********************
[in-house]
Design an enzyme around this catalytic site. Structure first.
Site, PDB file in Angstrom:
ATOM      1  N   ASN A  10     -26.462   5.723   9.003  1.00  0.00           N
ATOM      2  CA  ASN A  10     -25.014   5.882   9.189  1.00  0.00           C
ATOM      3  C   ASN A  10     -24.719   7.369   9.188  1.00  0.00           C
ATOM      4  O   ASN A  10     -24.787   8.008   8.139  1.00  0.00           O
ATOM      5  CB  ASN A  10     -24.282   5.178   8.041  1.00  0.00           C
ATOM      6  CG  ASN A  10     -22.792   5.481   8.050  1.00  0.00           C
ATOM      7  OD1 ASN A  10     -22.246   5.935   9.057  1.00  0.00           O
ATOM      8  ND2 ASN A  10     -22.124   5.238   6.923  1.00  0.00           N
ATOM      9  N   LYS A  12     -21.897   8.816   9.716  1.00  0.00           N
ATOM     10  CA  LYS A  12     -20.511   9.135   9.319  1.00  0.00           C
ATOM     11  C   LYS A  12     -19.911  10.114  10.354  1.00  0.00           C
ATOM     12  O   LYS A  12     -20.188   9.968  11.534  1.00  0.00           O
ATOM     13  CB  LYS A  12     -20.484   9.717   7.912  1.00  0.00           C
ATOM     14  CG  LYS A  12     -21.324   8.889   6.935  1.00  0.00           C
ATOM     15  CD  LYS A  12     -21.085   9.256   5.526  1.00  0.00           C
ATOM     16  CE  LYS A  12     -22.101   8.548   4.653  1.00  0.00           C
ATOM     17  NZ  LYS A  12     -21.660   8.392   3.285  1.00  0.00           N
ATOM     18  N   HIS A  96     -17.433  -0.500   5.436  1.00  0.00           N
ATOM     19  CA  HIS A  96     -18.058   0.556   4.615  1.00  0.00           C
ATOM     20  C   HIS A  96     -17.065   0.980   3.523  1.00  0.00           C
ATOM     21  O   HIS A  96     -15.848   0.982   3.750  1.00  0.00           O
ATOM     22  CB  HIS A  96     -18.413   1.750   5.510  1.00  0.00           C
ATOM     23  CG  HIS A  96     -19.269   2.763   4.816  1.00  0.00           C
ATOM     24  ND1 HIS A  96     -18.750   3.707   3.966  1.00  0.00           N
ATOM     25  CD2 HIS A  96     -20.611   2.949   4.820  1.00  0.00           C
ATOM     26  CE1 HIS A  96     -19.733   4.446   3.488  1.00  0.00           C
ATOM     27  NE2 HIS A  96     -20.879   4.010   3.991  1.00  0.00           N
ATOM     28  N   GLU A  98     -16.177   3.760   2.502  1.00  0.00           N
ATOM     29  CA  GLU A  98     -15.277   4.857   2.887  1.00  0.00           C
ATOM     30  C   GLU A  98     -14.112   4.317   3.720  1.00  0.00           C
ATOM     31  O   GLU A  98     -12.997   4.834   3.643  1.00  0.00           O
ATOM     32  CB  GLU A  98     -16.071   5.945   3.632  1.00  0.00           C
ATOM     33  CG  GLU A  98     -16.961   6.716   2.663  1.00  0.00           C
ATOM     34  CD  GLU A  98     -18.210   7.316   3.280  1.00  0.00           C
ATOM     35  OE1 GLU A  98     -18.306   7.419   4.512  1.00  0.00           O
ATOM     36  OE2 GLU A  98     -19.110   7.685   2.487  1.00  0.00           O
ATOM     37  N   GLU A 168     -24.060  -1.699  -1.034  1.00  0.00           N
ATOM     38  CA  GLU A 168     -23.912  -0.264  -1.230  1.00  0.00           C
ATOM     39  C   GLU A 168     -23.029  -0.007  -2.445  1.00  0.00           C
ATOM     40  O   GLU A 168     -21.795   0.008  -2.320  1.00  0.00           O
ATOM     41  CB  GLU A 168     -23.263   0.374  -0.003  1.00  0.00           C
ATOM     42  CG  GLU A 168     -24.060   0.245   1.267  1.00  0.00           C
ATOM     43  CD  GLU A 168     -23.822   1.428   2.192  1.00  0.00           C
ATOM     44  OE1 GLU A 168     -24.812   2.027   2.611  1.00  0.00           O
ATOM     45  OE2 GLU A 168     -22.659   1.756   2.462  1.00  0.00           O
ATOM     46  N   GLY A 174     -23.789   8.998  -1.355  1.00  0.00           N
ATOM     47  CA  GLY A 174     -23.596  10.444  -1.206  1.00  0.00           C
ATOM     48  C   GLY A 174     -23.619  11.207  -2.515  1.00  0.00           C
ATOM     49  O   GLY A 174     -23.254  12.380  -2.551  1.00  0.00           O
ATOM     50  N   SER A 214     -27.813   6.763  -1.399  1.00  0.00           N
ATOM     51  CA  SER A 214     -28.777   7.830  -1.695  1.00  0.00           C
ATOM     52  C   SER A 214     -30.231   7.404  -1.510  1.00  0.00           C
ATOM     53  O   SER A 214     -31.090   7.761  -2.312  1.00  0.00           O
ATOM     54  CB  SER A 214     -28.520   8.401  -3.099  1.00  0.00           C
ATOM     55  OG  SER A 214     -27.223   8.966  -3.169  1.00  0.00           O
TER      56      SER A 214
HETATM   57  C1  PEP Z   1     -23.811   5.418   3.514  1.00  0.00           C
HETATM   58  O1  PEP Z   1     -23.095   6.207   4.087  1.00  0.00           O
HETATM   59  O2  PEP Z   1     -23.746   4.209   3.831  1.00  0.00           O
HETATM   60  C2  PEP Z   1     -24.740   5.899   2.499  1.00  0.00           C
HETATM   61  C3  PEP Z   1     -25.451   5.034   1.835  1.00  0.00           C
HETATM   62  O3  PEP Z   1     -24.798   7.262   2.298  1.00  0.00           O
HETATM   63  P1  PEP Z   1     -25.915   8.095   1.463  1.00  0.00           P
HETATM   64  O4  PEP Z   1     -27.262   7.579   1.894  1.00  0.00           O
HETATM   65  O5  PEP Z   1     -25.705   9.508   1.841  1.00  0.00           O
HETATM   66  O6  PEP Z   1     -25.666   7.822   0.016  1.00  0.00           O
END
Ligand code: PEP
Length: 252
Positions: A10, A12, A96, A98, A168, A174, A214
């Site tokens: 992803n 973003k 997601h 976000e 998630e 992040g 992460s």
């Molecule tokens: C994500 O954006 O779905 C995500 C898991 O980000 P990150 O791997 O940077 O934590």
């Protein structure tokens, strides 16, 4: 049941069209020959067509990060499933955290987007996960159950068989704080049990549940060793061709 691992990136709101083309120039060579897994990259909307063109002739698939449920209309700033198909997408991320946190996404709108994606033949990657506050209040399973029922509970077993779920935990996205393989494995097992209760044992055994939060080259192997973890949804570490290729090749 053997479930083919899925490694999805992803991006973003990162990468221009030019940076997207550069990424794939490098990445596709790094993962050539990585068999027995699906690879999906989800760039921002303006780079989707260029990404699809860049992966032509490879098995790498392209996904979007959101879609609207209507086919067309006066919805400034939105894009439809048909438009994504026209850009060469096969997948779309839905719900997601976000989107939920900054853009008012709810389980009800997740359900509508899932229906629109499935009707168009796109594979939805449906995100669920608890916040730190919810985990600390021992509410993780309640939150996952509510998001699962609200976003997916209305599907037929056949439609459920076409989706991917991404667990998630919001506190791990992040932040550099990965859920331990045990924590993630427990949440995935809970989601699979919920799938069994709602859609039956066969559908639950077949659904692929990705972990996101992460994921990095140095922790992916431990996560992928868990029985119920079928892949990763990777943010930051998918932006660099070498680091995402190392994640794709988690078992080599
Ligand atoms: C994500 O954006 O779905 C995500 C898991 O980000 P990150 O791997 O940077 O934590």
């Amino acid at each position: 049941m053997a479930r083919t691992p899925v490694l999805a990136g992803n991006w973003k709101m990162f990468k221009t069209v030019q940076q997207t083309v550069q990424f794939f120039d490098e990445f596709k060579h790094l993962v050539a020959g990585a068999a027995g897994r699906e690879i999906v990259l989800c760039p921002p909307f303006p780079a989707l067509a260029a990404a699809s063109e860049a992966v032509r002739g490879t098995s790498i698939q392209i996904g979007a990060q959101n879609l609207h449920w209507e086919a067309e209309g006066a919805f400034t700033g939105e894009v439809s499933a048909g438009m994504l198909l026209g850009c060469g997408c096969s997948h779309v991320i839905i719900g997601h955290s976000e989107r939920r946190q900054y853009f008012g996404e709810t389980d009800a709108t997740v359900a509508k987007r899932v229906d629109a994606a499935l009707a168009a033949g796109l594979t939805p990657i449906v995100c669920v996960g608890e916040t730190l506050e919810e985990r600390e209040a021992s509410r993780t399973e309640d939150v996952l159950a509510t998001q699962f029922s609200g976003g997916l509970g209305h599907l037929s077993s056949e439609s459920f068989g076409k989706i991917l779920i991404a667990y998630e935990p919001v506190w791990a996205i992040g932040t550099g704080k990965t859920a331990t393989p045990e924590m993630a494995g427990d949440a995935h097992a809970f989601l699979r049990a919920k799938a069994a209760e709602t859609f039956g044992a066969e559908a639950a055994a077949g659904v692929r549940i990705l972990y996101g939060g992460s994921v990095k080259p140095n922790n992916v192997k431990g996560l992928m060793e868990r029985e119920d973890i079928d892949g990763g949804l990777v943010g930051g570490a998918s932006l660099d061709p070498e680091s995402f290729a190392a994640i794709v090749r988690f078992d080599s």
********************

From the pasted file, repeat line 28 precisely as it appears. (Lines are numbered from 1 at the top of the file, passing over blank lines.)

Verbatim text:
ATOM     25  CD2 HIS A  96     -20.611   2.949   4.820  1.00  0.00           C